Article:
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All aboard the transport train

With £180bn of new work on the horizon as a result of Government's 10 year transport plan, Jon Masters and Mike Walter report on what training graduate engineers should now be looking for.

Plans for expansion of the transport network over the next 10 years have underlined the importance of training for civil engineers. Boosted by £180bn of government funding, workloads are set to rise to levels last seen by the construction industry in the late 1980s. But civil engineers would appear to need a much wider range of skills.

Far more attention now has to be paid to the environmental impact of engineering decisions, for instance. And the importance of commercial skills and team working has risen significantly.

Sustainable engineering may present good career development prospects in the near future. Leading companies and organisations should be looking to take sustainability forward in the management of infrastructure maintenance and construction.

The work on offer is now more varied, with heavy and light rail projects featuring strongly in central and local government plans. Combined with a planned programme of road building and public transport improvements to create a more integrated and efficient network, it all points to increasing premiums placed on highly trained professionals.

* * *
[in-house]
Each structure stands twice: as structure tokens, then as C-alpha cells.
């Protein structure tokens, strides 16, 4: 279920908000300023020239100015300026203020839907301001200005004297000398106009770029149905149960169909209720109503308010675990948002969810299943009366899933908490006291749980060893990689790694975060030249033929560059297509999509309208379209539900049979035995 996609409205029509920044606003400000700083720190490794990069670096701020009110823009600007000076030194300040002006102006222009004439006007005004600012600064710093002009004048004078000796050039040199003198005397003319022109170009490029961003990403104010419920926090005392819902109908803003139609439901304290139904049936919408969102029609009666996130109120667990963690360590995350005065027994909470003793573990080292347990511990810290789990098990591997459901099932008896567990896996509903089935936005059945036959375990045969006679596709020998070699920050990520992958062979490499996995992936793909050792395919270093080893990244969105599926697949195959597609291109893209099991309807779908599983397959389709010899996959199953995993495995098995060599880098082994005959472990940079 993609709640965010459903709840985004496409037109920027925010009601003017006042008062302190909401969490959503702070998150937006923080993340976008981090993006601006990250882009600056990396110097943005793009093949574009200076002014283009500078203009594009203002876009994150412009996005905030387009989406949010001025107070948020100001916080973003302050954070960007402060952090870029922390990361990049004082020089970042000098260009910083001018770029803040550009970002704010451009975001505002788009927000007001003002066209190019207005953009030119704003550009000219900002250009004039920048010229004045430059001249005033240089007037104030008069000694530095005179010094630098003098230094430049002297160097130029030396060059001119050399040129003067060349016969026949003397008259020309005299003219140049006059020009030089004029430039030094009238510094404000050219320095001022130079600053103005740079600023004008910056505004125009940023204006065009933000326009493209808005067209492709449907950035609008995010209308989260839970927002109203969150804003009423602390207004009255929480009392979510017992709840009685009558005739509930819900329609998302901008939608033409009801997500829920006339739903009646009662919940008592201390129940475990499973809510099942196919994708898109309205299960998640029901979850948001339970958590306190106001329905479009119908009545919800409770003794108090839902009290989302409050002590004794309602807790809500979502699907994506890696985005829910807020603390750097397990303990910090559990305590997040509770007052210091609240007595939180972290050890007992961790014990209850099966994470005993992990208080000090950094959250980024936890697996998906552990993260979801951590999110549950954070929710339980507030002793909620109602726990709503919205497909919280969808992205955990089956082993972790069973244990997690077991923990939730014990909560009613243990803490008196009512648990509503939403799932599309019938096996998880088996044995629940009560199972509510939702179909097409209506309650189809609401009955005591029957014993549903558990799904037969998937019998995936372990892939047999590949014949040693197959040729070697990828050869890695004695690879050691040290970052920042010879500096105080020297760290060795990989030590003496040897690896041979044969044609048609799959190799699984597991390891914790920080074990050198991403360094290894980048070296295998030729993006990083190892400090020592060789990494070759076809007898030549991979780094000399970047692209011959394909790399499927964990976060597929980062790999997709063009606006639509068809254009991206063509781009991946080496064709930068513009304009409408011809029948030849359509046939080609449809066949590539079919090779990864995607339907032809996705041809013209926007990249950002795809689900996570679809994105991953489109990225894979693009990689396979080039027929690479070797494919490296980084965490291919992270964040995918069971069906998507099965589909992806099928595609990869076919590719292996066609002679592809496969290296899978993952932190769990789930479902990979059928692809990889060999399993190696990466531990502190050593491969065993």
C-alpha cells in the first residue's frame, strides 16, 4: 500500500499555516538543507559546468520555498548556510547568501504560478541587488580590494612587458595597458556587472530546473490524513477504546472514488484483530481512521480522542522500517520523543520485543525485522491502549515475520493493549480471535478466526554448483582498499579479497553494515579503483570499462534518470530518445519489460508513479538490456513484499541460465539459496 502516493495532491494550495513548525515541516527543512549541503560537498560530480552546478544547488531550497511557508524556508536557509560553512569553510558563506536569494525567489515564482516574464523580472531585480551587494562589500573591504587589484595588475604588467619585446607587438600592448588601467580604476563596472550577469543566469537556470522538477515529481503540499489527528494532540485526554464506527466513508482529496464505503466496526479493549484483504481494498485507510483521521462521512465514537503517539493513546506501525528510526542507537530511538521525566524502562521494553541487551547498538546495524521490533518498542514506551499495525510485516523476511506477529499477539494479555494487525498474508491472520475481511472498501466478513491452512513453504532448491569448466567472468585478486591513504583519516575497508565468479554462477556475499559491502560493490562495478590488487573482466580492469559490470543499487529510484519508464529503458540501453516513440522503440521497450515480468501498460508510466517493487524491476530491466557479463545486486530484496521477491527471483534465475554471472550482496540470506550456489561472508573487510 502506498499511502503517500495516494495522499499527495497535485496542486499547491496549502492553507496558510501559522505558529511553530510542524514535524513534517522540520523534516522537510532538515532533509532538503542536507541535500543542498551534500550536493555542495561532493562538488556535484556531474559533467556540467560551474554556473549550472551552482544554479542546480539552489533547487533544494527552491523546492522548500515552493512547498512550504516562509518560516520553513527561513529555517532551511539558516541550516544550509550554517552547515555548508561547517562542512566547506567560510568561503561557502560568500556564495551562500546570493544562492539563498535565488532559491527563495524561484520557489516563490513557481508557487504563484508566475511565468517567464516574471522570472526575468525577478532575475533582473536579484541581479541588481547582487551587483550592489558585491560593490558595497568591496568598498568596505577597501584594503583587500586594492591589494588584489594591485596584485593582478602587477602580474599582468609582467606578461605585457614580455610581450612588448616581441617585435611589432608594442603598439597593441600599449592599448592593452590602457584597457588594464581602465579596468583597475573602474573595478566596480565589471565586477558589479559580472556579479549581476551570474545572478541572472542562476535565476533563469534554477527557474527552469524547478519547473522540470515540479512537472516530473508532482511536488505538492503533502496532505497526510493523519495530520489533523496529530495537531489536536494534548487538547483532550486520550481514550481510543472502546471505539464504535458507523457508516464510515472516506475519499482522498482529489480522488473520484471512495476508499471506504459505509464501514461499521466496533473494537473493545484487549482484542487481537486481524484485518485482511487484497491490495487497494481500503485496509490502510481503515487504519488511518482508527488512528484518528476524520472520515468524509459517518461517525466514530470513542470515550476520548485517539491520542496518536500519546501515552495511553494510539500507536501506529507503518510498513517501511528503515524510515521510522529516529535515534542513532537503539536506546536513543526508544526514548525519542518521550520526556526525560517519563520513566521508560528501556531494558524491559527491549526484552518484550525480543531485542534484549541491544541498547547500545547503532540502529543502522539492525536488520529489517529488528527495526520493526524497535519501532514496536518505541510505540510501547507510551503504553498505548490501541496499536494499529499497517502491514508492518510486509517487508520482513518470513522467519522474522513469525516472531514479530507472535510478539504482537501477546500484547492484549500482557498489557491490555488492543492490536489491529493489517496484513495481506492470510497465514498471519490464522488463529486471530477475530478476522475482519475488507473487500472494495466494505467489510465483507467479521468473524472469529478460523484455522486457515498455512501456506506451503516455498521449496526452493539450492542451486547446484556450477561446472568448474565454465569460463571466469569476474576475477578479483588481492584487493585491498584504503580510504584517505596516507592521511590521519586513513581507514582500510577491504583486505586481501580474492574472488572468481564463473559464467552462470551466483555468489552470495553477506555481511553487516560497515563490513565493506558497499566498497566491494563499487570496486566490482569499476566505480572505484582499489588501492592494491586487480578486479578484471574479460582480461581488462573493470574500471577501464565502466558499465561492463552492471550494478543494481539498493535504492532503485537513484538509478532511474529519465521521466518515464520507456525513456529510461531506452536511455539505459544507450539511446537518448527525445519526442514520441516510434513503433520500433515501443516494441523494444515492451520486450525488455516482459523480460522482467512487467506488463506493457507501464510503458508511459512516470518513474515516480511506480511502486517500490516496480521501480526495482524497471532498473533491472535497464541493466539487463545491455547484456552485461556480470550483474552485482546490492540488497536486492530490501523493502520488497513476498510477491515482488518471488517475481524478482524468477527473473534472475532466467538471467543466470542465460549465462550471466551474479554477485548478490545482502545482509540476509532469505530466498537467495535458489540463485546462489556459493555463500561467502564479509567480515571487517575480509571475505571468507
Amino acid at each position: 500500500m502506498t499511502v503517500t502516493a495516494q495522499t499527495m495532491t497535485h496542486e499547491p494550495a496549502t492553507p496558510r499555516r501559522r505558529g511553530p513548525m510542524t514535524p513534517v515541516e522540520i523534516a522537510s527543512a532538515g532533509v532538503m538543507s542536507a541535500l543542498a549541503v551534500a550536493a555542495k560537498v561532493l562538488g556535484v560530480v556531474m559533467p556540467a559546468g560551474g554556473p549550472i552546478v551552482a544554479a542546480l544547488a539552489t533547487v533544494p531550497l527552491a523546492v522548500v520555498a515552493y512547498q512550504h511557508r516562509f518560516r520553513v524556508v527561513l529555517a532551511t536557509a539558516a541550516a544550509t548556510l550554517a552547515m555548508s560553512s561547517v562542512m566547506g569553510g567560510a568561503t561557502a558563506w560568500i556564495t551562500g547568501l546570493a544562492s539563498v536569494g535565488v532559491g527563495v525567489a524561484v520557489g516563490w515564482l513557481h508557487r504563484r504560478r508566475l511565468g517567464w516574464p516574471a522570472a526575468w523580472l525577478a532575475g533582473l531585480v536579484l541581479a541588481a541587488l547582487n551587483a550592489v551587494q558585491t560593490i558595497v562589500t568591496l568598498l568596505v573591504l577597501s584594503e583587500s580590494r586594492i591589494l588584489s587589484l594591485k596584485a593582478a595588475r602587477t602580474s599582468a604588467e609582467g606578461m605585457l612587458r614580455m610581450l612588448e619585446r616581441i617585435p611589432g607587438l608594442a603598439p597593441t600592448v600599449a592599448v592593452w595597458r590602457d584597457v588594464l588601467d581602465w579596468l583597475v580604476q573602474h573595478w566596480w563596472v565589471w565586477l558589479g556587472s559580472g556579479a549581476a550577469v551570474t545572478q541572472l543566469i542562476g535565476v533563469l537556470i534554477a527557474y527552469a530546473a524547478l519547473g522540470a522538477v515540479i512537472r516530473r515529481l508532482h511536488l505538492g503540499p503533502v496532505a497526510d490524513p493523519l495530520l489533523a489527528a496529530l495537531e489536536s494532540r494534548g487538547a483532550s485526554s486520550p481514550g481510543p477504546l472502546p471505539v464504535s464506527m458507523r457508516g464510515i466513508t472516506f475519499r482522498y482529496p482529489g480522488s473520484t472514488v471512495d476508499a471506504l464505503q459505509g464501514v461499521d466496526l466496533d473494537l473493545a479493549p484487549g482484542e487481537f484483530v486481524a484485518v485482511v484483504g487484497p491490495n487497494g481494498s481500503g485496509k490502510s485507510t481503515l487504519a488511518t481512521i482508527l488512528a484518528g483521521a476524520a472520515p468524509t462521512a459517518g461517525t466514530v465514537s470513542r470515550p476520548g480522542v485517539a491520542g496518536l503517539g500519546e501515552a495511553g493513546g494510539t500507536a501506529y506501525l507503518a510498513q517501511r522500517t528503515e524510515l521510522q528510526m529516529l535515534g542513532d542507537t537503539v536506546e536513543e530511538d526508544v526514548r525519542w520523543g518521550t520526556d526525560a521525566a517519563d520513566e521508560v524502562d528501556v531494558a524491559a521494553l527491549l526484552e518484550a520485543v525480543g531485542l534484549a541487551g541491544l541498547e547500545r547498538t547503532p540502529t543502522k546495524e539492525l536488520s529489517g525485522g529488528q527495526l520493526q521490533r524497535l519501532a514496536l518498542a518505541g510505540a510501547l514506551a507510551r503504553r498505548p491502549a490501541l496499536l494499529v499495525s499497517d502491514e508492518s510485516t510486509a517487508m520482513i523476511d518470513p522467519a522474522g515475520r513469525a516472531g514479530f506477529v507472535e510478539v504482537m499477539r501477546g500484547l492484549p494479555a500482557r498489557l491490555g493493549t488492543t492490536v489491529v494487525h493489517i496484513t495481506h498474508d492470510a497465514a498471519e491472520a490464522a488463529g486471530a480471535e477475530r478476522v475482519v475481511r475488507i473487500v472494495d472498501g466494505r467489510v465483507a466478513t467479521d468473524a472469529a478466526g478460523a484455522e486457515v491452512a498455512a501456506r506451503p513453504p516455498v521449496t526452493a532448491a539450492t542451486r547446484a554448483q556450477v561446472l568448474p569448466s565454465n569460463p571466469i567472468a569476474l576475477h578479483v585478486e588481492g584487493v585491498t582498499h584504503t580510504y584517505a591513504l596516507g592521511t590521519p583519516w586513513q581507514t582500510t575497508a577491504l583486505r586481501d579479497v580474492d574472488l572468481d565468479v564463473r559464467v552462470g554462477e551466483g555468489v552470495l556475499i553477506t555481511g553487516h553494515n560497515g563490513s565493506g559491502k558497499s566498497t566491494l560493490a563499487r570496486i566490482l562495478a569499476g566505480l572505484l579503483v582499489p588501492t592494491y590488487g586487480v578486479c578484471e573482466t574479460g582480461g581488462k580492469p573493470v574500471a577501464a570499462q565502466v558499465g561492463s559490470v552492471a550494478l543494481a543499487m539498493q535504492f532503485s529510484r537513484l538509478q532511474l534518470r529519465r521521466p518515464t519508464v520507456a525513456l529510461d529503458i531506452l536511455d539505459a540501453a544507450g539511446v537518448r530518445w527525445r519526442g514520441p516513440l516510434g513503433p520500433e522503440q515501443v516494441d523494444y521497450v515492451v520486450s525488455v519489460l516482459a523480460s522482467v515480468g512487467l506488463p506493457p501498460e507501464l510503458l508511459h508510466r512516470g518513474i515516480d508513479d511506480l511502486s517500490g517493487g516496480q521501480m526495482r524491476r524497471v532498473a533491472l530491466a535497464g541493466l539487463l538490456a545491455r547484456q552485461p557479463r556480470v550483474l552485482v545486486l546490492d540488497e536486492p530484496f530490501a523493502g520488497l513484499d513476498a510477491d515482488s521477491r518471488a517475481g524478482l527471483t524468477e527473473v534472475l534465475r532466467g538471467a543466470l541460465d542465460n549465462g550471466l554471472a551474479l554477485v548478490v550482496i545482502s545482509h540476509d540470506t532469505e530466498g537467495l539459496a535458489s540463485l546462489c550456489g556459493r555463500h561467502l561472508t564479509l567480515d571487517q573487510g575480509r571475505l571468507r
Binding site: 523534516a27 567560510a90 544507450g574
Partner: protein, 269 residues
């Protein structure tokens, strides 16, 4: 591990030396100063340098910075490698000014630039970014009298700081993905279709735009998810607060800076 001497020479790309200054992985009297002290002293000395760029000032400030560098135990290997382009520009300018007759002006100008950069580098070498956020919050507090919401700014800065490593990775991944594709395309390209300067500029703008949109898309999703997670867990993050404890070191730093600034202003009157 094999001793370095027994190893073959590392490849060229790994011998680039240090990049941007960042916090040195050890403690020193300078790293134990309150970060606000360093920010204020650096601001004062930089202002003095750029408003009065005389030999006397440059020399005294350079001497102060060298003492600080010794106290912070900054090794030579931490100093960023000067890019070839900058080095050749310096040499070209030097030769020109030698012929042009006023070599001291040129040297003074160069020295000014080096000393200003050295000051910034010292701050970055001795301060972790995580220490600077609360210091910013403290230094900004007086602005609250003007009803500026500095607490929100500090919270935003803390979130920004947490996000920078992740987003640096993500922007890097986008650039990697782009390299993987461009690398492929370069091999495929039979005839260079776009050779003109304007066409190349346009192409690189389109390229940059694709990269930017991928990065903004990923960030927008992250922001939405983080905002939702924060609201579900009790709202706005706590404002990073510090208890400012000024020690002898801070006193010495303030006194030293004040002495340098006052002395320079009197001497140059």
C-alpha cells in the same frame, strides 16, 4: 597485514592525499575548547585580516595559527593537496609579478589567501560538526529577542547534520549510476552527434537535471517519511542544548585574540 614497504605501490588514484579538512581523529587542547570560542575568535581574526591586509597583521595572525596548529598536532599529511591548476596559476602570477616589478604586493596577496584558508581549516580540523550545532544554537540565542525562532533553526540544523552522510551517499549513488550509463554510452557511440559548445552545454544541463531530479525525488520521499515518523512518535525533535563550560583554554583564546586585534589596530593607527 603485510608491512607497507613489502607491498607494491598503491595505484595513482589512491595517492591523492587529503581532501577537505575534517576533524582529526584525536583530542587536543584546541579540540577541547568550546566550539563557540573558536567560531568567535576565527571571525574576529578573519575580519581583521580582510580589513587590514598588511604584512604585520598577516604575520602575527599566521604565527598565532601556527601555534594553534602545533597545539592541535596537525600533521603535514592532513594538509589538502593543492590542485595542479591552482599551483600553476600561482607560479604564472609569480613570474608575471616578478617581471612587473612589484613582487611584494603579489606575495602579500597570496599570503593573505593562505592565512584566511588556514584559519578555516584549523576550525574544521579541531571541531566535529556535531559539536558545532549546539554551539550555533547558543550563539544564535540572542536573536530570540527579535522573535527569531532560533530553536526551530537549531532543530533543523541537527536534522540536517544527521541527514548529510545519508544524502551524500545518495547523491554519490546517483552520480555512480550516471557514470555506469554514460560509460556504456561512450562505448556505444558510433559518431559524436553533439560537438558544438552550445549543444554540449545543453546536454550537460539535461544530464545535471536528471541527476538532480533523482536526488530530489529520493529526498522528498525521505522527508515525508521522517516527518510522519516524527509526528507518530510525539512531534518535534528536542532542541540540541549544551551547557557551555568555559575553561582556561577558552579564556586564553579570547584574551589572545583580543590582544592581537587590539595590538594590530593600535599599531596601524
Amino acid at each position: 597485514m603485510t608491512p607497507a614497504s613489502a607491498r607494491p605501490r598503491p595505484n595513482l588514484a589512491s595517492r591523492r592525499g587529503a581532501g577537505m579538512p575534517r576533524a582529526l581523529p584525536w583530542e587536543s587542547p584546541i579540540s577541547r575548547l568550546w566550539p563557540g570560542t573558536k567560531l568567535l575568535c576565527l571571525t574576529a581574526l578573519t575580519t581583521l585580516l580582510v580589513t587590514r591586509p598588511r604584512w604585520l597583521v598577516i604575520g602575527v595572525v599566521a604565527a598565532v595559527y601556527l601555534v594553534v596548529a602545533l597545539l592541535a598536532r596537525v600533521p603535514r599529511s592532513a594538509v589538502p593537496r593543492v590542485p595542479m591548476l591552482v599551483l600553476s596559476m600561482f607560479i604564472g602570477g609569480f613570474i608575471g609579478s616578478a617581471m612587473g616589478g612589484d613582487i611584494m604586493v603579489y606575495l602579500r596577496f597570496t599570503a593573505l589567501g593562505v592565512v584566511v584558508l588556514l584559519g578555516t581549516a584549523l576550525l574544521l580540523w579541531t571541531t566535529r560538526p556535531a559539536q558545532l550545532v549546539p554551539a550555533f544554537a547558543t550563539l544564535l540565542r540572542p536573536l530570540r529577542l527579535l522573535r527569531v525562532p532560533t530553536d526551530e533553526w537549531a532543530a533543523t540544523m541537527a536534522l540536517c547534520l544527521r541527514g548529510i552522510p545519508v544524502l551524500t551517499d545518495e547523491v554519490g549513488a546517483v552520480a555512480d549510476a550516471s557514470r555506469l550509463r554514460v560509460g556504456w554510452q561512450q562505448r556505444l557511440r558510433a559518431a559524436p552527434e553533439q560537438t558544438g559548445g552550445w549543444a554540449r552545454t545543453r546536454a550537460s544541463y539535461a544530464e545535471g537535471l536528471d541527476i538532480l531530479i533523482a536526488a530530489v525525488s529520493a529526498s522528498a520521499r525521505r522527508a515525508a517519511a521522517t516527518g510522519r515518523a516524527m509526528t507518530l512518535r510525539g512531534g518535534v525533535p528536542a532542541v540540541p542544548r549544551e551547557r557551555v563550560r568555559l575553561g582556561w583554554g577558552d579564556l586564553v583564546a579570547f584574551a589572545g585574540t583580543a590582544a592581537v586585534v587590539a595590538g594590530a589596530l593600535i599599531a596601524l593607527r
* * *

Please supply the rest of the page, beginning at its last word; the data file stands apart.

Course providers are already reporting a fairly buoyant workload. Construction Study Centre chief executive Roger Harris says training related to new developments across the construction industry is gaining in popularity.

'We are seeing great interest in best value and best practice related courses, which feature speakers on the Movement for Innovation, partnering and client satisfaction, ' says Harris.

'Training on the JCT contractor design contracts and the New Engineering Contract is also popular as companies recognise the importance of keeping their engineers up to date on latest developments.'

Costain is one company hoping to benefit from a resurgence in transport infrastructure work.

Its group training manager Geoff Hughes says the company has kept up consistent levels of training and recruitment even when work was relatively slow during the 1990s.

'We have taken a long term view in anticipation of workload picking up and the reality is that things could now happen again very quickly. There is a shortage of graduates coming through, but this may benefit young engineers. Great opportunities are around the corner for us to give early responsibility and experience to people with the right attitude to training, and to fast track them to high places.'